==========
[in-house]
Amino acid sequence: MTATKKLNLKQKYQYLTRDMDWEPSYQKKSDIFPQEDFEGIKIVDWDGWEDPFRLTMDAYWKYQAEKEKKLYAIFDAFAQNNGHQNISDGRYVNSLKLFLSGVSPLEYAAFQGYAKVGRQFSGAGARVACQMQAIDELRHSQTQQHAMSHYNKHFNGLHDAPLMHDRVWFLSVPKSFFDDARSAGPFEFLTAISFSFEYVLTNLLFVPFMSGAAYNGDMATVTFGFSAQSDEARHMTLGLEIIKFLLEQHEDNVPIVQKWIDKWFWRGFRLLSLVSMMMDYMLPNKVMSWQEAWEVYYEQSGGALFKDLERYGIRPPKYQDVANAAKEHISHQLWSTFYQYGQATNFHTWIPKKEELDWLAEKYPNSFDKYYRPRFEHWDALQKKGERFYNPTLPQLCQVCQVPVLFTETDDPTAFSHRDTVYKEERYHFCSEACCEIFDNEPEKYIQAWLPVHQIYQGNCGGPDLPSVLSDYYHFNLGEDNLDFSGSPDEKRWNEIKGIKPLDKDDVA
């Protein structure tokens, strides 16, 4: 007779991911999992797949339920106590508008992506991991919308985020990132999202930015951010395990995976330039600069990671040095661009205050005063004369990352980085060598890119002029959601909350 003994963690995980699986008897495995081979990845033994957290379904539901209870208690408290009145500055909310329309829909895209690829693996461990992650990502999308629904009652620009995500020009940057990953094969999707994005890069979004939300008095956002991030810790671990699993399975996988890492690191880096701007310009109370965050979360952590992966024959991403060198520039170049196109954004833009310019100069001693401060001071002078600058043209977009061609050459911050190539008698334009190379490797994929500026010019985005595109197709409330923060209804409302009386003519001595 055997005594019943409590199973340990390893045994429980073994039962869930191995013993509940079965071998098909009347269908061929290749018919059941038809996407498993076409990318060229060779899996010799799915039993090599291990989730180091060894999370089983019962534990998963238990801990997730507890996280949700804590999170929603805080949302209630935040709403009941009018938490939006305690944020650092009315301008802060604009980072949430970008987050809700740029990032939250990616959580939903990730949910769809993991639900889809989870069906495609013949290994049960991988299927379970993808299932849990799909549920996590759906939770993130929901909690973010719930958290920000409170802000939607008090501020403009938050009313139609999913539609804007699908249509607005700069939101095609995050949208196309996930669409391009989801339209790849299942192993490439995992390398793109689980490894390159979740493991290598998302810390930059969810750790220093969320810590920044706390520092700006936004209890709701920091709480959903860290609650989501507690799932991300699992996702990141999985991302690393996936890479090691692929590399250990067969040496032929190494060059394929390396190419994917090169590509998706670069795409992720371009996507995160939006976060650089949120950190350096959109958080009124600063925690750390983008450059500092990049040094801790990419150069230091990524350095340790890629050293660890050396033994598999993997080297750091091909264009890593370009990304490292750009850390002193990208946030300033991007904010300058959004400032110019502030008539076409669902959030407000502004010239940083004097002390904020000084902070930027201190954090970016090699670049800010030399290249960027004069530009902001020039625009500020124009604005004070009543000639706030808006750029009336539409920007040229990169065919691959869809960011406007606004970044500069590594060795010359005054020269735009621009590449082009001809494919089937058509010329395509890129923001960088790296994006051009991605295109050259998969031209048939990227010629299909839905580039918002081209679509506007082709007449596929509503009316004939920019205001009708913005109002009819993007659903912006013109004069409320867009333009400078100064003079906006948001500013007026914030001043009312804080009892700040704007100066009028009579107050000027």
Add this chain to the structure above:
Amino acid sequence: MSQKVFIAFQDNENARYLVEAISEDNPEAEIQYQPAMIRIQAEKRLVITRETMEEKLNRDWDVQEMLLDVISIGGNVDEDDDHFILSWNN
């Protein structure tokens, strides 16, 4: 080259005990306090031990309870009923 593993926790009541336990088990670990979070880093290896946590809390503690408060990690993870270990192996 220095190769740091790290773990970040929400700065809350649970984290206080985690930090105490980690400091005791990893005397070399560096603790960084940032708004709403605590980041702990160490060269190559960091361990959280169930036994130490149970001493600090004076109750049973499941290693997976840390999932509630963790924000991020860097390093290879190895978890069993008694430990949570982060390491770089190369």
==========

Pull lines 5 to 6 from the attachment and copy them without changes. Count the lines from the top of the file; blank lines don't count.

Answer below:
Amino acid sequence: MSQKVFIAFQDNENARYLVEAISEDNPEAEIQYQPAMIRIQAEKRLVITRETMEEKLNRDWDVQEMLLDVISIGGNVDEDDDHFILSWNN
């Protein structure tokens, strides 16, 4: 080259005990306090031990309870009923 593993926790009541336990088990670990979070880093290896946590809390503690408060990690993870270990192996 220095190769740091790290773990970040929400700065809350649970984290206080985690930090105490980690400091005791990893005397070399560096603790960084940032708004709403605590980041702990160490060269190559960091361990959280169930036994130490149970001493600090004076109750049973499941290693997976840390999932509630963790924000991020860097390093290879190895978890069993008694430990949570982060390491770089190369």